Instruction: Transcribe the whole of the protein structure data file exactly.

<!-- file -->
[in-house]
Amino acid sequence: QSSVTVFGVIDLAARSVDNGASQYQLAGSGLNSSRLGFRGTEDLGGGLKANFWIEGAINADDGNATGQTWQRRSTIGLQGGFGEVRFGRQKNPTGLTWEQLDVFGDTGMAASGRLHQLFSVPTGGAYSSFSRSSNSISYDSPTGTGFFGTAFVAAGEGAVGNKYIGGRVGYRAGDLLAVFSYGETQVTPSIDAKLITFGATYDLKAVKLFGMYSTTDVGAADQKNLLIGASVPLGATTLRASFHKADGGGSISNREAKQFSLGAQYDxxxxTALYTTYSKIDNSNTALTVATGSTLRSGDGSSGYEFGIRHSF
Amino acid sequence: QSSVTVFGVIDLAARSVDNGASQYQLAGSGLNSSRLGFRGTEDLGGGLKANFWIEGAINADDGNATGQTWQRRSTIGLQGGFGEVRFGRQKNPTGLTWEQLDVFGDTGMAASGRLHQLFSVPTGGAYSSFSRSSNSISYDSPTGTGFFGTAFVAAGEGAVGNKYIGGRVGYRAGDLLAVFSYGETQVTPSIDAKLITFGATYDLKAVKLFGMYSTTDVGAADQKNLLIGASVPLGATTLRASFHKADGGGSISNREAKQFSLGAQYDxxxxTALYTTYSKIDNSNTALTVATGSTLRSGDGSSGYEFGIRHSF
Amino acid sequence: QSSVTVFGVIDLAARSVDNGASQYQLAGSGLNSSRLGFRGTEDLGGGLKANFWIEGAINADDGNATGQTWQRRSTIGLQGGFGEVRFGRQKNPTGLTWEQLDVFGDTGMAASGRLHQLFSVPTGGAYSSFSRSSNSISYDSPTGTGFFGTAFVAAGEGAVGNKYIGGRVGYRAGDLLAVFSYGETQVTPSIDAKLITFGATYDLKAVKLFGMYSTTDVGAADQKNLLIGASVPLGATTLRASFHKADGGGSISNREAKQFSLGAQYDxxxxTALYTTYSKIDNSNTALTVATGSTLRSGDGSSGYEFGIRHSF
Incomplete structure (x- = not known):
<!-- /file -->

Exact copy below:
[in-house]
Amino acid sequence: QSSVTVFGVIDLAARSVDNGASQYQLAGSGLNSSRLGFRGTEDLGGGLKANFWIEGAINADDGNATGQTWQRRSTIGLQGGFGEVRFGRQKNPTGLTWEQLDVFGDTGMAASGRLHQLFSVPTGGAYSSFSRSSNSISYDSPTGTGFFGTAFVAAGEGAVGNKYIGGRVGYRAGDLLAVFSYGETQVTPSIDAKLITFGATYDLKAVKLFGMYSTTDVGAADQKNLLIGASVPLGATTLRASFHKADGGGSISNREAKQFSLGAQYDxxxxTALYTTYSKIDNSNTALTVATGSTLRSGDGSSGYEFGIRHSF
Amino acid sequence: QSSVTVFGVIDLAARSVDNGASQYQLAGSGLNSSRLGFRGTEDLGGGLKANFWIEGAINADDGNATGQTWQRRSTIGLQGGFGEVRFGRQKNPTGLTWEQLDVFGDTGMAASGRLHQLFSVPTGGAYSSFSRSSNSISYDSPTGTGFFGTAFVAAGEGAVGNKYIGGRVGYRAGDLLAVFSYGETQVTPSIDAKLITFGATYDLKAVKLFGMYSTTDVGAADQKNLLIGASVPLGATTLRASFHKADGGGSISNREAKQFSLGAQYDxxxxTALYTTYSKIDNSNTALTVATGSTLRSGDGSSGYEFGIRHSF
Amino acid sequence: QSSVTVFGVIDLAARSVDNGASQYQLAGSGLNSSRLGFRGTEDLGGGLKANFWIEGAINADDGNATGQTWQRRSTIGLQGGFGEVRFGRQKNPTGLTWEQLDVFGDTGMAASGRLHQLFSVPTGGAYSSFSRSSNSISYDSPTGTGFFGTAFVAAGEGAVGNKYIGGRVGYRAGDLLAVFSYGETQVTPSIDAKLITFGATYDLKAVKLFGMYSTTDVGAADQKNLLIGASVPLGATTLRASFHKADGGGSISNREAKQFSLGAQYDxxxxTALYTTYSKIDNSNTALTVATGSTLRSGDGSSGYEFGIRHSF
Incomplete structure (x- = not known):